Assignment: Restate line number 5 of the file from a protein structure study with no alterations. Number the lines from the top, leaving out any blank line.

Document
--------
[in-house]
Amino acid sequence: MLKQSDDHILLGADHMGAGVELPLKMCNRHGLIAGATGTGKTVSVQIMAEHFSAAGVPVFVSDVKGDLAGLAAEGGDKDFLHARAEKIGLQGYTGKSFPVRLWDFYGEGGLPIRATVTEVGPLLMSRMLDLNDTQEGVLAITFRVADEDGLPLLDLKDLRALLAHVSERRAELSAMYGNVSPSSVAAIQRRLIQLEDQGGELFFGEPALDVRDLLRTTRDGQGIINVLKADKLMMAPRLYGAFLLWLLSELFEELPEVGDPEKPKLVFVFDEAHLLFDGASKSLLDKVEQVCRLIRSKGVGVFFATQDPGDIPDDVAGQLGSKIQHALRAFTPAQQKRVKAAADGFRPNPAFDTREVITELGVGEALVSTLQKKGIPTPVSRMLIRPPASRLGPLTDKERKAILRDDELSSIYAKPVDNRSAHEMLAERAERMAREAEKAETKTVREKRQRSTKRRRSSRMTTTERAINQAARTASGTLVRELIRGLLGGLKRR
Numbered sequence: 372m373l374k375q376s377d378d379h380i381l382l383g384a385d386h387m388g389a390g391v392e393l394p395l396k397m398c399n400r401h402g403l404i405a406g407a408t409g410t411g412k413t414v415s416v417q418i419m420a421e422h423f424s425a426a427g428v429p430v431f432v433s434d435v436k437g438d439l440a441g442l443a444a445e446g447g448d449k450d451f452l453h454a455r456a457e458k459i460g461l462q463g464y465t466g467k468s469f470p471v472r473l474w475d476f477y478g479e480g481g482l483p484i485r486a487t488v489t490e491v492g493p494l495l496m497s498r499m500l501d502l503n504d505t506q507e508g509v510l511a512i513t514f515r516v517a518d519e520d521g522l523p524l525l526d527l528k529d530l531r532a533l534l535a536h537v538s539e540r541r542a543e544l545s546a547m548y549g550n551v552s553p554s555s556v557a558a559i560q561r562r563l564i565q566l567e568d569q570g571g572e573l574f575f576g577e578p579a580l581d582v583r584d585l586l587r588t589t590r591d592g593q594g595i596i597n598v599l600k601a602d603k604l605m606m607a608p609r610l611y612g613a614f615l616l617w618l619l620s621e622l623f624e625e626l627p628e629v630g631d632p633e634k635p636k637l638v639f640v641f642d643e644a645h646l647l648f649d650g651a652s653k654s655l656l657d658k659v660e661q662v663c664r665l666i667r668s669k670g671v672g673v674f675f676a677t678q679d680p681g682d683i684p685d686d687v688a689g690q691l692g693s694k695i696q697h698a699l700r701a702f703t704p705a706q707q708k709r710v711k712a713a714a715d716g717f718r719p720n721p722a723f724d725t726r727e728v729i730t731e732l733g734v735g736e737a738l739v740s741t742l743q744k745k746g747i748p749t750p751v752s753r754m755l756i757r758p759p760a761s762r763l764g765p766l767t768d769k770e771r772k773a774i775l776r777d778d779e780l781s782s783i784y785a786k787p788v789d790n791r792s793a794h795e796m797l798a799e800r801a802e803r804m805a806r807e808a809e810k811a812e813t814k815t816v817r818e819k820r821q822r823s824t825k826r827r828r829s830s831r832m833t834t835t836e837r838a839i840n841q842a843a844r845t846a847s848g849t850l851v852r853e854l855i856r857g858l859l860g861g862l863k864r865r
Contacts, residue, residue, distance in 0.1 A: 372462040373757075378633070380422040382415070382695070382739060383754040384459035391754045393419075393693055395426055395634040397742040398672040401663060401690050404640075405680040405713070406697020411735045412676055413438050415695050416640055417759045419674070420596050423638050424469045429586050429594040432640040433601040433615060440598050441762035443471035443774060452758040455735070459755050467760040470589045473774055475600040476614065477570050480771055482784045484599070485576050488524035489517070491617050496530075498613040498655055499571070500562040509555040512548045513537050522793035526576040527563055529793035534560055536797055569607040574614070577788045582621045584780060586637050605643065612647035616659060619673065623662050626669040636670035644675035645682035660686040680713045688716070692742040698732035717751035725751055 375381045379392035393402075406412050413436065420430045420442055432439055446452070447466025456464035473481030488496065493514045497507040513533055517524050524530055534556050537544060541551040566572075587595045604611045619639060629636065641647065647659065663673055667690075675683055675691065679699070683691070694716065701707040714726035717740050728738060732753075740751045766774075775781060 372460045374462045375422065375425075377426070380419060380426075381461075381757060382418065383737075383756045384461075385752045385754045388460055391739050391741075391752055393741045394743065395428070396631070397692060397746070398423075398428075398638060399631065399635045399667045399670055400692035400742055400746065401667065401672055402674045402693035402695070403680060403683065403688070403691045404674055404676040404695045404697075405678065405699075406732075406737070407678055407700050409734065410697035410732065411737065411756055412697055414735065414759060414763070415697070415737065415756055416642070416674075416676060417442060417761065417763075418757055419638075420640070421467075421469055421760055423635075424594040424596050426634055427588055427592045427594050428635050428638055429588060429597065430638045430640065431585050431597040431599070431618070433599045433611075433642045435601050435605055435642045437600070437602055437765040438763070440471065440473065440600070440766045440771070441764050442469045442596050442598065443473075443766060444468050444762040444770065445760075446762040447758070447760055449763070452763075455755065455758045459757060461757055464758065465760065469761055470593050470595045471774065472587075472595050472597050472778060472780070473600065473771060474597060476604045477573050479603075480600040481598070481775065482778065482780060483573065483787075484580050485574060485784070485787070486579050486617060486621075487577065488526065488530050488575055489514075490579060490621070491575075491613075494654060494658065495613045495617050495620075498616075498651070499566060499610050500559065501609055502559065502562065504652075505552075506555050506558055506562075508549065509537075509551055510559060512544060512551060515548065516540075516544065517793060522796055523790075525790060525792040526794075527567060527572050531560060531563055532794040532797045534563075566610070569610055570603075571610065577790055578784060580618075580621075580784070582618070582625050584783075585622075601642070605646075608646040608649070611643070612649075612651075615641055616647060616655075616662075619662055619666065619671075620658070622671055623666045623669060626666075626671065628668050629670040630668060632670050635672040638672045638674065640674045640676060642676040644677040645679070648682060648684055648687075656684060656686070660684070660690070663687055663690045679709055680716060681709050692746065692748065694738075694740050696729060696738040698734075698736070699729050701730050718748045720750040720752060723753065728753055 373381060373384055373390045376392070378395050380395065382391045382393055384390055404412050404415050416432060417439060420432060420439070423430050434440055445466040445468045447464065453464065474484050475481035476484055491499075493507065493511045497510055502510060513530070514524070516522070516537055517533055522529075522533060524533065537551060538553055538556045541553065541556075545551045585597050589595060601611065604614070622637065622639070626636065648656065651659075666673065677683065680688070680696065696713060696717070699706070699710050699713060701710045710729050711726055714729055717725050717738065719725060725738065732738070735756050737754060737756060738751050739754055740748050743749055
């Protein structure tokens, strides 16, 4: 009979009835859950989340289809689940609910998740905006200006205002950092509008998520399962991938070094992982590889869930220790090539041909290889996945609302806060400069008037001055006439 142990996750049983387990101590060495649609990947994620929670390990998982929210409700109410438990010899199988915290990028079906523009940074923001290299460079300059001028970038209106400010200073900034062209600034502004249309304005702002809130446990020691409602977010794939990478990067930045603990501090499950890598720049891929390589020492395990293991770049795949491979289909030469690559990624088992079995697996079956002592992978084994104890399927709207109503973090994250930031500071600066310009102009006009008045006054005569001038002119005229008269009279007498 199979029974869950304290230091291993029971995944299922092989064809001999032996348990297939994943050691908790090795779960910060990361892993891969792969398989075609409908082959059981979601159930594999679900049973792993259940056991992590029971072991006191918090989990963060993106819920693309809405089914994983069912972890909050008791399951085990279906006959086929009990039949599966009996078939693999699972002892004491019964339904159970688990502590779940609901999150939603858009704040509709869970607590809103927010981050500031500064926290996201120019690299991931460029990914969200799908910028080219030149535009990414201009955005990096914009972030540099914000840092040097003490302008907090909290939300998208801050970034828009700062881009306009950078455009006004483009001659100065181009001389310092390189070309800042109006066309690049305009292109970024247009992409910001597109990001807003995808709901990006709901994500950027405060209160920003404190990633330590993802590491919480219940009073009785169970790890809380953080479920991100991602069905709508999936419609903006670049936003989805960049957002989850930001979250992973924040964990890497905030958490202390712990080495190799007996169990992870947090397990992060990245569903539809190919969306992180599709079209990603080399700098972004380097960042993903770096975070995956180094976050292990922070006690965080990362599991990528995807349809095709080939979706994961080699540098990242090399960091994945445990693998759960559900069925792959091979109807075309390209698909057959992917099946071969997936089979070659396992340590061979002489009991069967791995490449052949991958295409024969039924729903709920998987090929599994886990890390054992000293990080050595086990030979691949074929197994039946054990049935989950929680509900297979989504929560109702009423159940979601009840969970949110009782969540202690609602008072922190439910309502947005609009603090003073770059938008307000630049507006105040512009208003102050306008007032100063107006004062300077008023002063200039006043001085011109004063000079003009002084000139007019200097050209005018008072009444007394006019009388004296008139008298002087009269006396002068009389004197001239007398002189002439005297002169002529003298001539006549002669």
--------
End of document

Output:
């Protein structure tokens, strides 16, 4: 009979009835859950989340289809689940609910998740905006200006205002950092509008998520399962991938070094992982590889869930220790090539041909290889996945609302806060400069008037001055006439 142990996750049983387990101590060495649609990947994620929670390990998982929210409700109410438990010899199988915290990028079906523009940074923001290299460079300059001028970038209106400010200073900034062209600034502004249309304005702002809130446990020691409602977010794939990478990067930045603990501090499950890598720049891929390589020492395990293991770049795949491979289909030469690559990624088992079995697996079956002592992978084994104890399927709207109503973090994250930031500071600066310009102009006009008045006054005569001038002119005229008269009279007498 199979029974869950304290230091291993029971995944299922092989064809001999032996348990297939994943050691908790090795779960910060990361892993891969792969398989075609409908082959059981979601159930594999679900049973792993259940056991992590029971072991006191918090989990963060993106819920693309809405089914994983069912972890909050008791399951085990279906006959086929009990039949599966009996078939693999699972002892004491019964339904159970688990502590779940609901999150939603858009704040509709869970607590809103927010981050500031500064926290996201120019690299991931460029990914969200799908910028080219030149535009990414201009955005990096914009972030540099914000840092040097003490302008907090909290939300998208801050970034828009700062881009306009950078455009006004483009001659100065181009001389310092390189070309800042109006066309690049305009292109970024247009992409910001597109990001807003995808709901990006709901994500950027405060209160920003404190990633330590993802590491919480219940009073009785169970790890809380953080479920991100991602069905709508999936419609903006670049936003989805960049957002989850930001979250992973924040964990890497905030958490202390712990080495190799007996169990992870947090397990992060990245569903539809190919969306992180599709079209990603080399700098972004380097960042993903770096975070995956180094976050292990922070006690965080990362599991990528995807349809095709080939979706994961080699540098990242090399960091994945445990693998759960559900069925792959091979109807075309390209698909057959992917099946071969997936089979070659396992340590061979002489009991069967791995490449052949991958295409024969039924729903709920998987090929599994886990890390054992000293990080050595086990030979691949074929197994039946054990049935989950929680509900297979989504929560109702009423159940979601009840969970949110009782969540202690609602008072922190439910309502947005609009603090003073770059938008307000630049507006105040512009208003102050306008007032100063107006004062300077008023002063200039006043001085011109004063000079003009002084000139007019200097050209005018008072009444007394006019009388004296008139008298002087009269006396002068009389004197001239007398002189002439005297002169002529003298001539006549002669």